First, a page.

Community Members Talk Racism in East Lansing
Above, from left: Alex Hosey, Ron Bacon, and Sophia Simon
About 125 people came to the Hannah Community Center last night for a two-and-a-half hour discussion about racism in our community. A panel of six African-American area residents covered many issues, including East Lansing’s diversity but lack of inclusivity, the absence of African-American teachers in East Lansing High School (ELHS), and a failure on the part of many white people to fully understand the myriad ways inequity manifests itself in this left-leaning town.
One of the panelists was Alex Hosey, the ELHS freshman who sparked an ongoing public dialogue about the experiences of African-Americans compared to those of white people in East Lansing’s history and present. Last night, Hosey read his essay “Why I Sit,” which called upon the City to confront its history of racist housing discrimination and which called upon ELHS to teach that history along with the broader history of racism in America.
After receiving a standing ovation for his essay, Hosey said he was “happy and proud” that East Lansing has now formally passed a resolution apologizing for its complicity in housing discrimination. He also told those gathered that he was working with the ELHS Social Studies Department to produce a new curriculum on a new history curriculum that will educate area youth about the kind of active, intentional discrimination his own grandparents experienced when they sought to move to East Lansing to give themselves and their children a good future.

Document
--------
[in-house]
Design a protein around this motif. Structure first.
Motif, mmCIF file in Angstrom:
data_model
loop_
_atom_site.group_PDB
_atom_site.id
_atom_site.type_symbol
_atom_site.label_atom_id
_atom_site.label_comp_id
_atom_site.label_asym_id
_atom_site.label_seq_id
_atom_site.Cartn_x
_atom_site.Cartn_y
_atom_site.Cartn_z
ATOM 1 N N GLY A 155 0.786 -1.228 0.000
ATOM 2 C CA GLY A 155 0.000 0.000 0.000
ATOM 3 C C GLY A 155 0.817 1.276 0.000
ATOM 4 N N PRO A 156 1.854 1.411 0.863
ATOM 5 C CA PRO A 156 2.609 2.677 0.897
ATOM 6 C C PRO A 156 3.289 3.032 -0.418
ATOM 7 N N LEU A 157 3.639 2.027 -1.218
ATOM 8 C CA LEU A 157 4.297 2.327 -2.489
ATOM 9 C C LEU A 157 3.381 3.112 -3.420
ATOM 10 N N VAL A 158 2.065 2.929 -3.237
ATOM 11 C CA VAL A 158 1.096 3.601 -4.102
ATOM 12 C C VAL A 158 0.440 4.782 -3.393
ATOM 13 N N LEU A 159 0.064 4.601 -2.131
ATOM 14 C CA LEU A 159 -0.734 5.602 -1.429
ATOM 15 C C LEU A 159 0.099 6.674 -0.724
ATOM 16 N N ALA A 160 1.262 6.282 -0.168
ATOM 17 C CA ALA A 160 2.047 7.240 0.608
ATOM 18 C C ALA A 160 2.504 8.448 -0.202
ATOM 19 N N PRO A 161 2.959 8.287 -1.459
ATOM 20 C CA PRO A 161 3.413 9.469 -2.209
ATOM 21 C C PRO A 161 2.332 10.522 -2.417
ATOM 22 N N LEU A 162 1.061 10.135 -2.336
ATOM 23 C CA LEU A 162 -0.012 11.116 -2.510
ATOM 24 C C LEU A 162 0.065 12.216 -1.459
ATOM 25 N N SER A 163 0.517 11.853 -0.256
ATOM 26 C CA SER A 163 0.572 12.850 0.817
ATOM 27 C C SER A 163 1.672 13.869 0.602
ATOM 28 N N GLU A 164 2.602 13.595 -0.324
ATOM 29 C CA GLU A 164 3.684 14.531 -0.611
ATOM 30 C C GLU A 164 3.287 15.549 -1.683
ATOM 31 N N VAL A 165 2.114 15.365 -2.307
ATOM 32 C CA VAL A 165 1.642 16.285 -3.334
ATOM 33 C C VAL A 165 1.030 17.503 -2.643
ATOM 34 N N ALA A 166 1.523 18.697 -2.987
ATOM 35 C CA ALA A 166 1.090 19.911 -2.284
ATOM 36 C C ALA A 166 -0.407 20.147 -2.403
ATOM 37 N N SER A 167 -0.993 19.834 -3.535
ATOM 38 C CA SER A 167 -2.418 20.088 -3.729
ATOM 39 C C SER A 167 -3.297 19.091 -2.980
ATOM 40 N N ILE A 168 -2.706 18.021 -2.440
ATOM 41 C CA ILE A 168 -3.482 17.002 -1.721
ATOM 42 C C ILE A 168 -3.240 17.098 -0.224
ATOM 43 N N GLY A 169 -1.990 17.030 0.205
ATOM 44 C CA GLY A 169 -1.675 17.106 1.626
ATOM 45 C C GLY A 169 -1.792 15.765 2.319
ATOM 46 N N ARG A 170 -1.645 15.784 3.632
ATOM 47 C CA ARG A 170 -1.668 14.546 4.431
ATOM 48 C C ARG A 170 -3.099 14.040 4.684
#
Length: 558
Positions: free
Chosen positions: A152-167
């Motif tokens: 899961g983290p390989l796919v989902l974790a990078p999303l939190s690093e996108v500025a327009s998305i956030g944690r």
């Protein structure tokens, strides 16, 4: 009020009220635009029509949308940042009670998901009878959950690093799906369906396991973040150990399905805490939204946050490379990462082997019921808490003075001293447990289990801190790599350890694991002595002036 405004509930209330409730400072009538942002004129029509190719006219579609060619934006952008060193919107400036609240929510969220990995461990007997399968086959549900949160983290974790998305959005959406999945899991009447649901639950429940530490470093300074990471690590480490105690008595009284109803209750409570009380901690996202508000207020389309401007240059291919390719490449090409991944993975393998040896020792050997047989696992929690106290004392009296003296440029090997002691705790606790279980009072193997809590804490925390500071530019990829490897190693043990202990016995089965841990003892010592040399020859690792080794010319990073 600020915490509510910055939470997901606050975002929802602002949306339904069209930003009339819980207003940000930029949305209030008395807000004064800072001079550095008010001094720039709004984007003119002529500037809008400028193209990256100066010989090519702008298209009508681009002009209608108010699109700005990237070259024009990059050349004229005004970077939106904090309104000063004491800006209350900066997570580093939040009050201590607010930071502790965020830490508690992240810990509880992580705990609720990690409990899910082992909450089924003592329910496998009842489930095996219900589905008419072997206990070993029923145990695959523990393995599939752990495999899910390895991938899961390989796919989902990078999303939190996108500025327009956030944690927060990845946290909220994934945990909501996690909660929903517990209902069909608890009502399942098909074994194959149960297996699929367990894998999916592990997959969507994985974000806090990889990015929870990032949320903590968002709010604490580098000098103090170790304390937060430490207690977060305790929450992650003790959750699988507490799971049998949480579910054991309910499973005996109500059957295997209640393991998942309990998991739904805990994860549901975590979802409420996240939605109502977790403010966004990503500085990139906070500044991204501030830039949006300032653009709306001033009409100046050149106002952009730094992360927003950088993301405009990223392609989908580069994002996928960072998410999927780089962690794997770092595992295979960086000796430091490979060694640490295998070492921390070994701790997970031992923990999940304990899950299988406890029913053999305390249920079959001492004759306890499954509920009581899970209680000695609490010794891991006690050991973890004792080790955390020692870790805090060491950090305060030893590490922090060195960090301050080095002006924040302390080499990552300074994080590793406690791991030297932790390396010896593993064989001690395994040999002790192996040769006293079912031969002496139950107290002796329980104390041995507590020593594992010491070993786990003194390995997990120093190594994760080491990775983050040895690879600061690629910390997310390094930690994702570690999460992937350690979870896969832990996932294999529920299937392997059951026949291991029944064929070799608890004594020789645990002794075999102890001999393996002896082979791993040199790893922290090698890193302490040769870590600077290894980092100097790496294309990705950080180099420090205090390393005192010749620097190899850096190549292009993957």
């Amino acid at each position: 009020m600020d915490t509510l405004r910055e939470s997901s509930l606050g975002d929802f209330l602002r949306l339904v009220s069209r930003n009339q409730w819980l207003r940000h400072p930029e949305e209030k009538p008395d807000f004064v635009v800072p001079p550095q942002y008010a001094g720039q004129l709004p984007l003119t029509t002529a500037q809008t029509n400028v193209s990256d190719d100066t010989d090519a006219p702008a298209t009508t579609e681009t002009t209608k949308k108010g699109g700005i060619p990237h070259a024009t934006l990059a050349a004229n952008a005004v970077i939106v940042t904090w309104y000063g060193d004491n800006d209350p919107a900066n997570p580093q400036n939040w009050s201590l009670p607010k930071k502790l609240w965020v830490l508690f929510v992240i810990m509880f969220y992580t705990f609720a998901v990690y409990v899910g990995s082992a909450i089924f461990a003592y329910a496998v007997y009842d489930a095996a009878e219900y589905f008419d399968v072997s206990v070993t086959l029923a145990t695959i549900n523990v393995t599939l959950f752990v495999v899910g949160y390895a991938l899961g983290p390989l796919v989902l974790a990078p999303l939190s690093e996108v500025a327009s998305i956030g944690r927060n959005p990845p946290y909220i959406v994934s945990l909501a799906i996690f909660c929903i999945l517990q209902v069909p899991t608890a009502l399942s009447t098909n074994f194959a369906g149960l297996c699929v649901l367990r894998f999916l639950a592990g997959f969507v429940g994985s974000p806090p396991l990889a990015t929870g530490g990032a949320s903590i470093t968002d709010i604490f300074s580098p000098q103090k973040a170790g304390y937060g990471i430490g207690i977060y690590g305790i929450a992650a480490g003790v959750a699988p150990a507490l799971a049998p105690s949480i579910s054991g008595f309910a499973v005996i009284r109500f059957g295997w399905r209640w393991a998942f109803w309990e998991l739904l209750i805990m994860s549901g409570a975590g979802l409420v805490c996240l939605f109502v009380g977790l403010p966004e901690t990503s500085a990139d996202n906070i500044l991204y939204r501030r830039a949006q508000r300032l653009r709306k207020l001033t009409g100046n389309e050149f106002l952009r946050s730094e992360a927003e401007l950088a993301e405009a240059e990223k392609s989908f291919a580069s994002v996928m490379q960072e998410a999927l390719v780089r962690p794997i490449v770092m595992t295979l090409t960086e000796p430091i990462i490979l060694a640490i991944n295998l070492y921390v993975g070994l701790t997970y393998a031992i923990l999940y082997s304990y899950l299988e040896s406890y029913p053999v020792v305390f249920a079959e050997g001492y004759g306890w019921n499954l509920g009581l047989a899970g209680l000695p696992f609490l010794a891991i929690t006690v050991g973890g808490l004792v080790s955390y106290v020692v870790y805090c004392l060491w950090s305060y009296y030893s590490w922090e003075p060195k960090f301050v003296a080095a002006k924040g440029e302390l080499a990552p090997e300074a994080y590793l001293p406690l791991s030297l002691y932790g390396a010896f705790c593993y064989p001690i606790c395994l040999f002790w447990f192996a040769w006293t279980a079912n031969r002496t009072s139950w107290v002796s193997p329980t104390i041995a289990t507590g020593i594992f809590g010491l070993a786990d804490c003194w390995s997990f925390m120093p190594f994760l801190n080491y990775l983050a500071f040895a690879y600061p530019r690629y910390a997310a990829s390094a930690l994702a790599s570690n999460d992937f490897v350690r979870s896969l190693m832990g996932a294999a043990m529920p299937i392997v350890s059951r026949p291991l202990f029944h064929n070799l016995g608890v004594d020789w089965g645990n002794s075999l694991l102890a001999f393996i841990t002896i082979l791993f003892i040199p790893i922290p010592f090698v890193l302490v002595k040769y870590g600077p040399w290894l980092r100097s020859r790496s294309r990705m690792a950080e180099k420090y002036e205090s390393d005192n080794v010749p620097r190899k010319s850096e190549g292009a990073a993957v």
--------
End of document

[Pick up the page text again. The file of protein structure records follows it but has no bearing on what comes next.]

The history around us
As Hosey spoke, next to him on a screen was projected an image of a historical map of the Lansing area called an HOLC map, from which the term “redlining” comes. In the 1930s, these maps were produced at the request of the Federal Home Loan Bank Board by the Home Owners’ Loan Corporation (HOLC) and were designed to indicate levels of “investment security” for making mortgages.
Below: A close-up of the East Lansing portion of the map shown last night
Green districts were considered very secure investment areas, blue “still desirable,” yellow “definitely declining,” and red “hazardous.” Red areas were where black people lived. Lenders denying black people mortgages while real estate agents and others prevented them from moving to “white” areas set up radical economic inequalities that became ever more magnified over generations.
Below: The legend from the map shown last night
As Hosey spoke of the ways in which systematic inequalities of wealth and opportunity persist, the map projected next to him was not the only physical reminder of East Lansing’s racist past. The gathering occurred in the community center named after MSU President John Hannah, who was known for his work promoting civil rights at the national level but who, at home, played a less courageous role.
In his history of East Lansing housing discrimination, Bill Castanier quotes MSU Professor Robert Green (a black professor for whom Hannah offered to buy a house “on the sly”) saying, “You could never call Hannah a racist, but there were times when I became perplexed by his unwillingness to tackle the racial problems with open housing in East Lansing.” Green added, “John Hannah could deal with specific acts of racial discrimination, but he couldn’t deal with broader policy issues.”
Bringing it to today
That type of disjuncture—between attitude and action—was named by last night’s moderator, Dorinda Carter Andrews, as still being present and problematic. Carter Andrews called on those in the room, particularly those with white privilege, to examine policies and procedures to see where racism is institutionalized.